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  #61  
Old 04-30-2017, 06:20 PM
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Originally Posted by WreathOfLaurels View Post
First things first, welcome to the forum Prince of Bohemia

I have read your post with great interest, and its a great topic. Here is my two cents worth on the subject of the possibility of a British electoral monarchy (sorry if anyone has already made any of these points)

- Although its hard to guess at times the monarchy is already electoral in that under the current Succession Laws Parliament chooses the monarch and can unchoose the monarch if it is deemed necessary to do so - Edward VIII being the last case of this happening. This has been the case since 1688 when James II was deposed in favour of William of Orange, and indeed it's debatable if it ever was in the first place. Although I'm not sure if its still the case Catholics are excluded from the line of succession along with a raft of other requirements, with the Lords and Commons in effect being a royal electoral college. How does this precisely differ from your proposal?
?
It differs quite a bit. Under the Act of Settlement of 1701, only the descendants of Sophia of Hannover (daughter of Bohemian king btw) can become a monarch, along with the other requirements. And in all practical purposes UK is hereditary monarchy, even if there are some legal technicalities. My proposal would essentially allow any British citizen to become monarch, however they would need to be made a peer of UK first, with peerages beeing non-hereditary.

The Commonwealth realms would be a complication of course, its hard to predict how would all of them react. Some of them, perhaps most, would leave and become either monarchies on their own or republics.

Yes, the hereditary succesion is as fast and easy it gets, thats for sure. And I suppose its a matter of preference. As long as people are ok with having hereditary dynastic head of state, it will work just fine. Once they are not though, but they would still want to call themselves the United Kingdom, my proposal, or something similar, would be a possible alternative.
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  #62  
Old 04-30-2017, 06:25 PM
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My own country elected it's kings for 700 years until 1660. But that was at a time when monarchs had power and it was necessary, crucial even to ensure that the line of succession was in place, simply to avoid pretenders and civil war - or invasions.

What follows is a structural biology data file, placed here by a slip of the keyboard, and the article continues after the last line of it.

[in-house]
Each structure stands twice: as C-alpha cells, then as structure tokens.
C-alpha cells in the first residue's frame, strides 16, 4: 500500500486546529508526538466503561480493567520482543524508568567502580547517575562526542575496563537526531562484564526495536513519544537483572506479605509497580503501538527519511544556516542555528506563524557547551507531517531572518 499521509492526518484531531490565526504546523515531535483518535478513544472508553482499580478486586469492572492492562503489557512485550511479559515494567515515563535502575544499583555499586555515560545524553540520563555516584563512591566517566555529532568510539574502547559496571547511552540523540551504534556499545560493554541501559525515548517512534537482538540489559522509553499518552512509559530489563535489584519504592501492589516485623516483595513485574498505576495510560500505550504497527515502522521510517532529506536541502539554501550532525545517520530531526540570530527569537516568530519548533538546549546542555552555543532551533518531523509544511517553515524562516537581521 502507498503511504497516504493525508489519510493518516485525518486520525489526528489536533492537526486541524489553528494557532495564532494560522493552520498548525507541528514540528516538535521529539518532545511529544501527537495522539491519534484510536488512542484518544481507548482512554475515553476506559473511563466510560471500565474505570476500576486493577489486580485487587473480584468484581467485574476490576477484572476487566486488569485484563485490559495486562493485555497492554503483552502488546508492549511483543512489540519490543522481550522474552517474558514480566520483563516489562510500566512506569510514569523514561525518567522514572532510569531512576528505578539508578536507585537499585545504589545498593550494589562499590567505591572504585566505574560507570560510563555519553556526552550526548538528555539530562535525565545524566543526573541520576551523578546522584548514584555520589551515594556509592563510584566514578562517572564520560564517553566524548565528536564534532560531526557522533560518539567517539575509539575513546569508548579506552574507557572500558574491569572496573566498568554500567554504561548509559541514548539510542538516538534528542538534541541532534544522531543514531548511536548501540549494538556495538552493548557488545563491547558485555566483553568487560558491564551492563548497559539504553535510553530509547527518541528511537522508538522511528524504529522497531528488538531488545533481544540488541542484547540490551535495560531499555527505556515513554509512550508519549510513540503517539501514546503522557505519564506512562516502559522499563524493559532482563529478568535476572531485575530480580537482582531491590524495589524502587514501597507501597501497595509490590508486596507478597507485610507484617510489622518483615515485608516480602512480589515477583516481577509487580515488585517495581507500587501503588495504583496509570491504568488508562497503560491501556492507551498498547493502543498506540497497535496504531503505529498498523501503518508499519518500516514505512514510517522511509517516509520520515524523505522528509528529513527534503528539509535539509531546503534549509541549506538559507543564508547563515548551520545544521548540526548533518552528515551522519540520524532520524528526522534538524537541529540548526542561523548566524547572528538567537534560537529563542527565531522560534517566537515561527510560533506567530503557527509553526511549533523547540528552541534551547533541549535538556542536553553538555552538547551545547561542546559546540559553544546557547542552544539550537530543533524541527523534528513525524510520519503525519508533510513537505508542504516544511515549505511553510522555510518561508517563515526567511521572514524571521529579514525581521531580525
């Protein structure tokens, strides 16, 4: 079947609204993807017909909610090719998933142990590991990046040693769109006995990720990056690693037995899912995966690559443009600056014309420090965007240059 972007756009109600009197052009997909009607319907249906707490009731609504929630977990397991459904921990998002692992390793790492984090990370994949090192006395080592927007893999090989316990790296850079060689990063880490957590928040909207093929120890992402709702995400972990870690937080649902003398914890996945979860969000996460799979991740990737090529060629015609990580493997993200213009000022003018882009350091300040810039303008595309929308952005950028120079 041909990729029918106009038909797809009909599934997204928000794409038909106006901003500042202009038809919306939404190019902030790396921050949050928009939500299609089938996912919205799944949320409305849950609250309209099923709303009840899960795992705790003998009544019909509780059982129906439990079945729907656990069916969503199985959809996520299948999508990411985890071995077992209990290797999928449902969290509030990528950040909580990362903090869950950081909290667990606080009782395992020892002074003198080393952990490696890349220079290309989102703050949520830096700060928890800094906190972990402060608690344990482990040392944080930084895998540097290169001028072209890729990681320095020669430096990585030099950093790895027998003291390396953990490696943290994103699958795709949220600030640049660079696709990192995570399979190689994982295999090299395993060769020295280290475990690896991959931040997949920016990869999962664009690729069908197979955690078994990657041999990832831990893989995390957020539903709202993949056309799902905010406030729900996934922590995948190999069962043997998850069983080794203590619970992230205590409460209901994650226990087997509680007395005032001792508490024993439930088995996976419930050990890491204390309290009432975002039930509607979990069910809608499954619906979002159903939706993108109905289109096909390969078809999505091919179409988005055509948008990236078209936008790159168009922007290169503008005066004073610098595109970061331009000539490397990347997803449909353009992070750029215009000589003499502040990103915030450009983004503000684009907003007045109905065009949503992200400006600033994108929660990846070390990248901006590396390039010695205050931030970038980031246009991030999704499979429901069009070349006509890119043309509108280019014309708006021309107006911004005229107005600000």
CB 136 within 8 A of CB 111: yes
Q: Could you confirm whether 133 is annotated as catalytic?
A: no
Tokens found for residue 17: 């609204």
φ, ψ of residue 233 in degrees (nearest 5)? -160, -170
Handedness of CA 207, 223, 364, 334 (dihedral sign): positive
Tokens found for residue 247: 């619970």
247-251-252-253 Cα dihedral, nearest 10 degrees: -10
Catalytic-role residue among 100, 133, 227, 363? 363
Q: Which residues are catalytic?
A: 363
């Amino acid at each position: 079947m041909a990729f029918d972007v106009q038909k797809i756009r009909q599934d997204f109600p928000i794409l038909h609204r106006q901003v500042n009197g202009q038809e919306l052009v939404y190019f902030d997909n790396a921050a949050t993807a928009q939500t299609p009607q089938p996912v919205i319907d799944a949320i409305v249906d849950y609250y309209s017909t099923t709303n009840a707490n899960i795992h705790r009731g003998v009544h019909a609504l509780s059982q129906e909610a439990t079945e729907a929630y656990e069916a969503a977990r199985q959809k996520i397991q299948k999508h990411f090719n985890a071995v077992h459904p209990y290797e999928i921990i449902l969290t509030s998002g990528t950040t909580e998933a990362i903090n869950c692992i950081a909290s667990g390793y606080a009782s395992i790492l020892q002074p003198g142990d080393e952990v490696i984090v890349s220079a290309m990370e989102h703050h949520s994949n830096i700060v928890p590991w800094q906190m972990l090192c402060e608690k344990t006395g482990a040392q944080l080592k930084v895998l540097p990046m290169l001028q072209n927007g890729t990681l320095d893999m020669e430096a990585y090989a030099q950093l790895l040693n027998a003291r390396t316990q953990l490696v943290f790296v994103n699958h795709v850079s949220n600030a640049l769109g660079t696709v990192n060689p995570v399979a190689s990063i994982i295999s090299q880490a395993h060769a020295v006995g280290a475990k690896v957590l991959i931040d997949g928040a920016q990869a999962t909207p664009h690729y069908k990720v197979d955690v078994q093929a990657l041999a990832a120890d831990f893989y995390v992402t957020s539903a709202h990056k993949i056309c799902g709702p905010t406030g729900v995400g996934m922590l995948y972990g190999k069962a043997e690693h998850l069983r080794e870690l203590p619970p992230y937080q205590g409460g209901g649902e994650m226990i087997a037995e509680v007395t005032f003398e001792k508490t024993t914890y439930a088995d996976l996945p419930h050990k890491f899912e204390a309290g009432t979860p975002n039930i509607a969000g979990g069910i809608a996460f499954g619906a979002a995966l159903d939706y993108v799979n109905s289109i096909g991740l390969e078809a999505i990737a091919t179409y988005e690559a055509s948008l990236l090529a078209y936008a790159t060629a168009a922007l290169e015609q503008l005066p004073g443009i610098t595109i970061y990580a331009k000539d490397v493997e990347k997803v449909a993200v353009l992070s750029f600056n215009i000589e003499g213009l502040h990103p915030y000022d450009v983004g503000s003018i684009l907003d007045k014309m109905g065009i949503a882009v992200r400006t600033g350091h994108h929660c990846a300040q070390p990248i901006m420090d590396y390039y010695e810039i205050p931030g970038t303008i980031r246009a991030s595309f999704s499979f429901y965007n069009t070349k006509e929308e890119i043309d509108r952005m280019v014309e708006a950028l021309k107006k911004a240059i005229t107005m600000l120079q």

That's not an issue now, so that argument can't be used in today's world.

I see when I pressed you a bit you went from selecting the monarch from an extended family to basically all members of the House of Lords. - I.e making the whole thing even less relevant to the ordinary people.
How can you possible avoid such an election being mired in infighting, character assassinations, popularity profiling and political deals?
If you leave a choice to a select group of people, who can only and will only choose among themselves, how do you avoid them tending first and foremost to their own interests?
And usually a compromise candidate will be selected. It won't be William, it won't be Lord Drummond, who is the most competent candidate. It will be grey and bland old Lord Egghead from Whereeverhampshire. - Who the rest of the British population couldn't care less about, let alone know.
There are Germans (Who are a pretty enlightened people) who don't even know the name of their own president and more who don't care.

I don't quite agree with you that QEII is bland. She's a very skilled diplomat but first and foremost she has grown into her role, so that today she is the very definition of being a British monarch.
However, her husband and her son, Charles have certainly been controversial and whether you approve of them or not, they don't try and placate everyone - i.e. being bland.
That goes for other monarchs in Europe. King Juan Carlos saved the Spanish democracy, twice. QMII frequently cracks the whip in her New Year speeches, with a viewer rating politicians can only dream about.
King Willem-Alexander is popular and relevant in the Netherlands, not least because of his choice of wife - what if he had been bypassed?
King Phillip has stabilized the Belgian monarchy and perhaps even ensured Belgium as a nation for at least one more generation. Because he is what the two peoples in Belgium can agree on supporting.

No, QEII did not invite in homeless during the financial crisis, nor did any politician I can think of.
However, in times of war, terror or disaster, QEII is the one people listen to, when she makes a comforting speech. It's the BRF people look to after a dreadful event, not so much the politicians.